While stagnant salaries have undermined many people’s quality of life and offered dismal prospects for younger generations, they inspired a 28-year-old man from Greater Taichung to pursue his dream of becoming a garage kit sculptor.
Garage kit sculptors create life-like figures depicting a wide range of objects, from cartoon and video game characters to robots.
From an early age, Chiang Chia-ching (江家慶) was interested in painting, clay and robots.
He discovered his talent for sculpting when he started attending kindergarten.
“I loved Transformers toys during my kindergarten years, but since my parents made a meager living peddling fruit at markets, we couldn’t afford them,” Chiang said. “Instead, they bought me two pieces of clay which I used to make my first sculpture — a Transformer.”
However, it was not that particular sculpture that paved the way for Chiang to become a talented sculptor, but rather his later experience at a clay modeling club in high school.
Chiang said he joined the club on a whim, as it was one of two student associations — a clay modeling club and an embroidery club — at his school and he decided to go for the one that he tought was “less feminine.”
In an effort to save up the money for the materials and the equipment he needed for his clay sculptures, Chiang walked to school, which took him nearly an hour each way, to save money on transportation.
Chiang continued to live thriftily during college, and he was able to afford to transform his ideas into vivid sculptures.
After being discharged from the military in 2008, Chiang, like most young Taiwanese men his age, found himself at a crossroads and, like most people, chose to get a “real” job instead of following his dreams.
However, holding down a reasonably paid job amid a sluggish economy was not easy, and most of the jobs Chiang applied for only paid salaries ranging from NT$16,000 to NT$22,000.
“It was then that I figured I might be better off pursuing my dreams than settling for such a meager salary,” Chiang said.
Chiang found a job in a studio in Changhua County that specialized in original equipment manufacturing (OEM) toy models, hoping to improve his techniques in modeling while getting paid.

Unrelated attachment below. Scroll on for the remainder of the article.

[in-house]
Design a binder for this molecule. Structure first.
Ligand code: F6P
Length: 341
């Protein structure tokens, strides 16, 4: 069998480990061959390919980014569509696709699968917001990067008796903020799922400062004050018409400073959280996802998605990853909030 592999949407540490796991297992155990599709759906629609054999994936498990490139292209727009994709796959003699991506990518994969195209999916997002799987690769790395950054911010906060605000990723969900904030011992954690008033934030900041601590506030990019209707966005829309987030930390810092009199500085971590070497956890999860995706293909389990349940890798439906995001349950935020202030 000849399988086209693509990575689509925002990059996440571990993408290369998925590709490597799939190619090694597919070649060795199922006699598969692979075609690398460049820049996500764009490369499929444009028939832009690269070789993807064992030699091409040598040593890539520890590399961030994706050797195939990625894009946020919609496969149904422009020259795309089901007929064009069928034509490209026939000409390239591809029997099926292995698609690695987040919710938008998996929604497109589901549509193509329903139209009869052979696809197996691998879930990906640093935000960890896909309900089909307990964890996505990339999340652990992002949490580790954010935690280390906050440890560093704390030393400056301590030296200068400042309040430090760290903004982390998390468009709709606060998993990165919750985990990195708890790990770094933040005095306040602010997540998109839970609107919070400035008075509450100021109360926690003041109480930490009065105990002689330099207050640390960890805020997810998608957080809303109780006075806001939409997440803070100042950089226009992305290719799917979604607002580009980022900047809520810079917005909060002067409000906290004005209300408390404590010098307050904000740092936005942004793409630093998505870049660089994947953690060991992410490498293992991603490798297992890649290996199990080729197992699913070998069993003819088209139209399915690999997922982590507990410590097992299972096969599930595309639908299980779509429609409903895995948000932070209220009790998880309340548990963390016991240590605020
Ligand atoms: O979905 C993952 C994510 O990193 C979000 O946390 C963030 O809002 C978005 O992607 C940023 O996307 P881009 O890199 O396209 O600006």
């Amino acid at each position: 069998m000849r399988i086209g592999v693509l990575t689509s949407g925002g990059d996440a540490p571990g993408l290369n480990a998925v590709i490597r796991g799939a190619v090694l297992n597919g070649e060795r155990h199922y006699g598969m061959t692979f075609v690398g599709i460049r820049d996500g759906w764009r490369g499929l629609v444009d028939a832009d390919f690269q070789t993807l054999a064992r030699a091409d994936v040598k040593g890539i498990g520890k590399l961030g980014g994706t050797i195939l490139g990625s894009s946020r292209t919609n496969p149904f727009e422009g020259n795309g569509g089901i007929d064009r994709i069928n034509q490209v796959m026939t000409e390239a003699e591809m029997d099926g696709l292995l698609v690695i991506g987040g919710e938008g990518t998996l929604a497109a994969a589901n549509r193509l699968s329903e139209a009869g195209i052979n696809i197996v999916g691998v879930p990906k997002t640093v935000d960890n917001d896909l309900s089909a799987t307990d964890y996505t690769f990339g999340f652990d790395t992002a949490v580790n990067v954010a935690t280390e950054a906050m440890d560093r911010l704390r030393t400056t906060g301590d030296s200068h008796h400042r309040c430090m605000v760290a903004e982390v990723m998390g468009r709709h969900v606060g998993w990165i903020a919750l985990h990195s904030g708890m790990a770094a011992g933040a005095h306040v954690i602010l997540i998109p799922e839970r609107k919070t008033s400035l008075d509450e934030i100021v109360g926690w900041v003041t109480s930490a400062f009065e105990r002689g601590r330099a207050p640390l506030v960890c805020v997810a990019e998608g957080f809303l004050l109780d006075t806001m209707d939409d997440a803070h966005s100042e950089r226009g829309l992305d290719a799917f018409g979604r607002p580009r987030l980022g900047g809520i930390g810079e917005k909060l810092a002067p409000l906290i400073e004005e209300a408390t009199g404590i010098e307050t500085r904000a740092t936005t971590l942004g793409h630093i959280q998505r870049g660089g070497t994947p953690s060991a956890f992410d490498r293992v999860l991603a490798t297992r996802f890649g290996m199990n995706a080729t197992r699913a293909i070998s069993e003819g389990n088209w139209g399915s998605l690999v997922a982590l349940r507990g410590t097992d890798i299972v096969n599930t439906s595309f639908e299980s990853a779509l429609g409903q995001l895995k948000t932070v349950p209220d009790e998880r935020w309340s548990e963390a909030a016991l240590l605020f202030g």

Nevertheless, the labor-intensive nature of the job, coupled with the considerable time it took him to commute from Taichung to Changhua by motorcycle, left him exhausted.
“Sometimes I found myself falling asleep while waiting at traffic lights,” Chiang said.
When his employer started withholding wages in 2009, Chiang decided to take a leap of faith and flew to Japan with five garage kits he created to make his debut at the celebrated semi-annual Wonder Festival.
Chiang’s creations sold out at quickly, making his name known to garage kit hobbyists both at home and abroad.
Over the course of the past three years, Chiang has matured from being an amateur artist into an up-and-coming sculptor, whose works of art have not only attracted orders from department stores in Taiwan and overseas, but also helped him win a championship for professional Asian sculptors in Japan last year.
“Being a garage kit sculptor may involve hard work and long hours, but at least I’m making enough to avoid becoming one of those destitute artists people always talk about,” Chiang said.
Chiang joked that his father would occasionally stop by his house to ensure that he had not starved to death.
Talking about his future, Chiang, who also works at a vocational school teaching toy manufacturing, said he would continue doing what he enjoyed doing most and did best.
“The feeling of being able to turn something that only exists in the mind into a real object is by far the most thrilling part of living my dream,” Chiang said.
Saying he had created a number of prototype sculptures that would be mass-produced in China before being sold on the Internet, Chiang said it was a pity that the demand for garage kits was so limited in Taiwan that few sculptors could make a living in their home country.